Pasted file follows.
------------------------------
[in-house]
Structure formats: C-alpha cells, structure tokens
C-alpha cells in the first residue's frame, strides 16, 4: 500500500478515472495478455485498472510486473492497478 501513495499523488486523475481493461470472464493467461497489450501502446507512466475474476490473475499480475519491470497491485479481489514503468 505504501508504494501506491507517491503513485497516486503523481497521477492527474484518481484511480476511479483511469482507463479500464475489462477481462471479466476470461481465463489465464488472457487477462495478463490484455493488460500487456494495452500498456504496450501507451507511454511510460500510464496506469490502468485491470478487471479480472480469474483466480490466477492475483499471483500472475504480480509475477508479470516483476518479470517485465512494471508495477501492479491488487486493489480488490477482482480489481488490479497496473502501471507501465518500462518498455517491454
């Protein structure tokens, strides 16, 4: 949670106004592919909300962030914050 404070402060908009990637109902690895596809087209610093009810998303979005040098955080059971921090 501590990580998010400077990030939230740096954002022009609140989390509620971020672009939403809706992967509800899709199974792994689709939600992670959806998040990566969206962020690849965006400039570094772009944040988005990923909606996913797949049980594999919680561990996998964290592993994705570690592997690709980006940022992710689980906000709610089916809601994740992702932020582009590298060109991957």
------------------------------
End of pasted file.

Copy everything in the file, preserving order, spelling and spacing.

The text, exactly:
[in-house]
Structure formats: C-alpha cells, structure tokens
C-alpha cells in the first residue's frame, strides 16, 4: 500500500478515472495478455485498472510486473492497478 501513495499523488486523475481493461470472464493467461497489450501502446507512466475474476490473475499480475519491470497491485479481489514503468 505504501508504494501506491507517491503513485497516486503523481497521477492527474484518481484511480476511479483511469482507463479500464475489462477481462471479466476470461481465463489465464488472457487477462495478463490484455493488460500487456494495452500498456504496450501507451507511454511510460500510464496506469490502468485491470478487471479480472480469474483466480490466477492475483499471483500472475504480480509475477508479470516483476518479470517485465512494471508495477501492479491488487486493489480488490477482482480489481488490479497496473502501471507501465518500462518498455517491454
């Protein structure tokens, strides 16, 4: 949670106004592919909300962030914050 404070402060908009990637109902690895596809087209610093009810998303979005040098955080059971921090 501590990580998010400077990030939230740096954002022009609140989390509620971020672009939403809706992967509800899709199974792994689709939600992670959806998040990566969206962020690849965006400039570094772009944040988005990923909606996913797949049980594999919680561990996998964290592993994705570690592997690709980006940022992710689980906000709610089916809601994740992702932020582009590298060109991957």